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Staying safe from STIs

Published : Friday December 9, 2011 | Posted in : Sexual Health
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Getting an STI is not the end of the world, but it can be very distressing, especially if it is an STI that causes painful or uncomfortable symptoms, or if it is incurable. Even having an STI that can be completely cured by medication can be an upsetting experience, and many people find it embarrassing to discuss the infection with their doctor and people close to them. STIs are certainly nothing to be happy or proud about, and not something a person would choose to experience, so why do so many people put themselves at risk?

The answer frequently cited is a lack of awareness and education about STIs, especially amongst young people. This is something we have discussed previously in this very blog. Aside from the obvious methods of avoiding STIs - practising abstinence or using a barrier method of contraception - there are other things you can do to minimise the risk of infection.


Making sure your communication lines are open with your partner - and any sexual partner you have - is crucial, not just in terms of your sexual health but for the well-being of your relationship as well. When it comes to making sure you remain sexually healthy, communication is particularly key in the early stages of a relationship. Remember that you can never know for sure if someone is clear of STIs unless they take an STI test. If you are planning on having sex with a new partner without using a condom, it is strongly recommended that you both take an STI test to ensure you are both in the clear.

Regular Testing

Did you know experts recommend that sexually active individuals should take an STI test every year? Despite this recommendation, a shocking number of people admit that they have never taken a single STI test. This means people could have an STI and be entirely unaware of it, because often they do not display any symptoms. You should never assume that you are clear of STIs unless a test has confirmed this for you. If you have had unprotected sex, you should take an STI test after about two weeks, as this the amount of time it takes for an infection to appear in your urine, which is analysed as part of the testing process. Many people make the mistake of thinking that they will wait until they notice symptoms to take a test but, as many STIs are asymptomatic, this is not a good idea.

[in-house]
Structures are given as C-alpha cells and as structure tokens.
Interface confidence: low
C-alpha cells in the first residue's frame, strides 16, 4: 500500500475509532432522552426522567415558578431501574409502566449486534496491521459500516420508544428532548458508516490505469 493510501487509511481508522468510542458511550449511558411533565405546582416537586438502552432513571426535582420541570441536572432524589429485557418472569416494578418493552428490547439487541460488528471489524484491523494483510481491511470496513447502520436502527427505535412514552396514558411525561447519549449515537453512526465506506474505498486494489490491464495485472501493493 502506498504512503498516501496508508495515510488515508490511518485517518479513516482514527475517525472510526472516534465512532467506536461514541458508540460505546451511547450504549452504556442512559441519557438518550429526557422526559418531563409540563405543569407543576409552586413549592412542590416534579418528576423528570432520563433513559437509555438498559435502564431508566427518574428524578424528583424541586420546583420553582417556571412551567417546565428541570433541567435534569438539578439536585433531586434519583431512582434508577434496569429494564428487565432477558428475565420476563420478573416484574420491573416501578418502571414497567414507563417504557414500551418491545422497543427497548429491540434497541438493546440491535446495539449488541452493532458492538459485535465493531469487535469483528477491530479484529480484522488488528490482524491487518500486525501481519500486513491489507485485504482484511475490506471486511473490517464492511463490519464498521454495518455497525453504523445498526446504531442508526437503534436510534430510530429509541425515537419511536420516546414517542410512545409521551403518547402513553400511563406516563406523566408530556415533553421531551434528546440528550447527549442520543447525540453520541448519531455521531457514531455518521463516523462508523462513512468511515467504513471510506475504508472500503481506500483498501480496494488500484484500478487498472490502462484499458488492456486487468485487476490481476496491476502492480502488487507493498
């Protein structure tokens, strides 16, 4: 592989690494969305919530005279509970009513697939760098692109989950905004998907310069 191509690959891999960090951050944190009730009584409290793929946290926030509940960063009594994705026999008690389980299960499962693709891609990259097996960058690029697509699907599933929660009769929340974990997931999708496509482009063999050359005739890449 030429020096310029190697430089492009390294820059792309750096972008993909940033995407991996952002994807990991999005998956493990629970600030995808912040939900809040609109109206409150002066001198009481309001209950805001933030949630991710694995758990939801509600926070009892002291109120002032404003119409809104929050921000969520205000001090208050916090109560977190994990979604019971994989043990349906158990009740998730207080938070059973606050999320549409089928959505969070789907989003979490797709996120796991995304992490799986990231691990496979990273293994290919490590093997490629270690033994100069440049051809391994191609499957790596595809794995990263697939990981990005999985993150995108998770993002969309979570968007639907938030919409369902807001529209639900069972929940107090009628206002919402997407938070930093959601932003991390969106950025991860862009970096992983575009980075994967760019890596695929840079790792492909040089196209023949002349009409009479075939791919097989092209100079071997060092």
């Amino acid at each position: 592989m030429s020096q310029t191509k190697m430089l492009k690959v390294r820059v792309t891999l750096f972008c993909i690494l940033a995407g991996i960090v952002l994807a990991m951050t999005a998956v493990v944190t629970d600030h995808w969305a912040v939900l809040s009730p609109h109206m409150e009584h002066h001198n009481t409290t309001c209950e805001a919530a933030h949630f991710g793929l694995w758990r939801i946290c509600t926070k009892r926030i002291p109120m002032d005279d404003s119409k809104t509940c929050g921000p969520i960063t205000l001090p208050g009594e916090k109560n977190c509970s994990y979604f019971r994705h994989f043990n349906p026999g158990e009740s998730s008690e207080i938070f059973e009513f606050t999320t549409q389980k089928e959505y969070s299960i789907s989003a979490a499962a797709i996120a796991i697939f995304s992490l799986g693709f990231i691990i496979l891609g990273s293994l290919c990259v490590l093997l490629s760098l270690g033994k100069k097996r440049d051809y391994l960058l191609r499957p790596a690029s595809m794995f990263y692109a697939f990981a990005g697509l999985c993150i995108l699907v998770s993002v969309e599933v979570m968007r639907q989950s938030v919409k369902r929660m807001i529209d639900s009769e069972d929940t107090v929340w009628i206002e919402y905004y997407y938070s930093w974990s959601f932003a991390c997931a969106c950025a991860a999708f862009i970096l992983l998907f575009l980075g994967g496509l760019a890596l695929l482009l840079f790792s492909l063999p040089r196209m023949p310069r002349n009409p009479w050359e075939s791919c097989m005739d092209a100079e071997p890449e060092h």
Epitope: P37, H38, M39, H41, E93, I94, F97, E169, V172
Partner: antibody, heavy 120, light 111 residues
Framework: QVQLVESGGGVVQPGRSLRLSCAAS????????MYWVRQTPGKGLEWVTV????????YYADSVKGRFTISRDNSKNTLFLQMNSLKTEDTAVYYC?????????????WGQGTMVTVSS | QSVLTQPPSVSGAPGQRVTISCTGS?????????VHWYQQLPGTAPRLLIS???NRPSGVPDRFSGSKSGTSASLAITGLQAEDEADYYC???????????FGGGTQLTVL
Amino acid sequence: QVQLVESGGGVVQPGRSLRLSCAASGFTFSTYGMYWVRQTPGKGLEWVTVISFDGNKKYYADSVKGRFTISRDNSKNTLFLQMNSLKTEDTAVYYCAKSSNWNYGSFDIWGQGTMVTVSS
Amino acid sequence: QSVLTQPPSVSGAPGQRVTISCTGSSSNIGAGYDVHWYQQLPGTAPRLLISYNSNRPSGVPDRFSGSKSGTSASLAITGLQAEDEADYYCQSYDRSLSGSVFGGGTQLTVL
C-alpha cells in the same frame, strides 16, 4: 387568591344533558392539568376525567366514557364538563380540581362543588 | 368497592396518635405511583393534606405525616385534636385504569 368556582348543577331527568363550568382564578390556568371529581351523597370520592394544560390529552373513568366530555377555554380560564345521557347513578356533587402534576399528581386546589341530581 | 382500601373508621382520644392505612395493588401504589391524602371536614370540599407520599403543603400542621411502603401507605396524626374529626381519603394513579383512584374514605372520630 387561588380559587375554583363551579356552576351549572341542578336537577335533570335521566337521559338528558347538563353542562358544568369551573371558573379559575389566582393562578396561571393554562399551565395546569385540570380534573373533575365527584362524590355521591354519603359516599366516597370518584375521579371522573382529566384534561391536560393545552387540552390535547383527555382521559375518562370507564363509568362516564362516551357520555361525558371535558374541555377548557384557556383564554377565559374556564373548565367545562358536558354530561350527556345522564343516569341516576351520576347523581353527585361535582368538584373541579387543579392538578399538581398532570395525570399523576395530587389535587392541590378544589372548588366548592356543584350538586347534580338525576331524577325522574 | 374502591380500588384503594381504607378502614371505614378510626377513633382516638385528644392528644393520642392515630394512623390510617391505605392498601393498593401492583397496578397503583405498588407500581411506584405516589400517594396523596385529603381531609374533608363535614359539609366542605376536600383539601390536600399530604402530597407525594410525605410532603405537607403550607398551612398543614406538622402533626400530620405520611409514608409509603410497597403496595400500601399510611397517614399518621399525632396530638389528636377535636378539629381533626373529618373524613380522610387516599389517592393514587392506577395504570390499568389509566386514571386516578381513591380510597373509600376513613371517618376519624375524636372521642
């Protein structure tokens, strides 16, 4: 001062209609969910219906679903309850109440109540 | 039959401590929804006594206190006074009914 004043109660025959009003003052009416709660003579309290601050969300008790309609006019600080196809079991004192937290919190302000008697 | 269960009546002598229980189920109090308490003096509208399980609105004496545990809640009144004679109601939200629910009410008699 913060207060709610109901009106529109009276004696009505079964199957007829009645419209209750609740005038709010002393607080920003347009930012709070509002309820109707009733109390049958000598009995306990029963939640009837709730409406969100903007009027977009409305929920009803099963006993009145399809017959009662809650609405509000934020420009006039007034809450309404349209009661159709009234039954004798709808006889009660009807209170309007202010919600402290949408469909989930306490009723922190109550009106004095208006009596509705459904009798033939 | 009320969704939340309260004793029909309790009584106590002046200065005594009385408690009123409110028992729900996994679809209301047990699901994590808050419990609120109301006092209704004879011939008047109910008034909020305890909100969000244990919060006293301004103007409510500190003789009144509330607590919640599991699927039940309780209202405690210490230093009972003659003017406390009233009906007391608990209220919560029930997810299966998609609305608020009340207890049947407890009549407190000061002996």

Using the right protection

It's astonishing but, despite attempts to provide comprehensive education in these matters, many people still hold the mistaken belief that oral contraception will protect them from contracting an STI. In reality, oral contraceptives are extremely effective at preventing pregnancy but do absolutely nothing in terms of protection from sexually transmitted infections. A condom is the only method of protection which can protect against the majority of STIs. However, you should still be aware that some STIs - such as genital herpes - can spread through direct skin-to-skin contact, and thus there is no guarantee that using a condom will prevent the spread of this STI during an outbreak.

What to do if you become infected

Firstly - don't panic! Even STIs that are incurable can still be treated and managed, so there is really no reason for you to be too distressed. The most important thing to do is seek the treatment you need. Take an STI test to confirm the diagnosis and you will then be able to find out which treatment you will need to take. Most STIs can be cured completely with just one course of antibiotics. If you are concerned you may have caught an STI, you can take a test here at LabsDirect.

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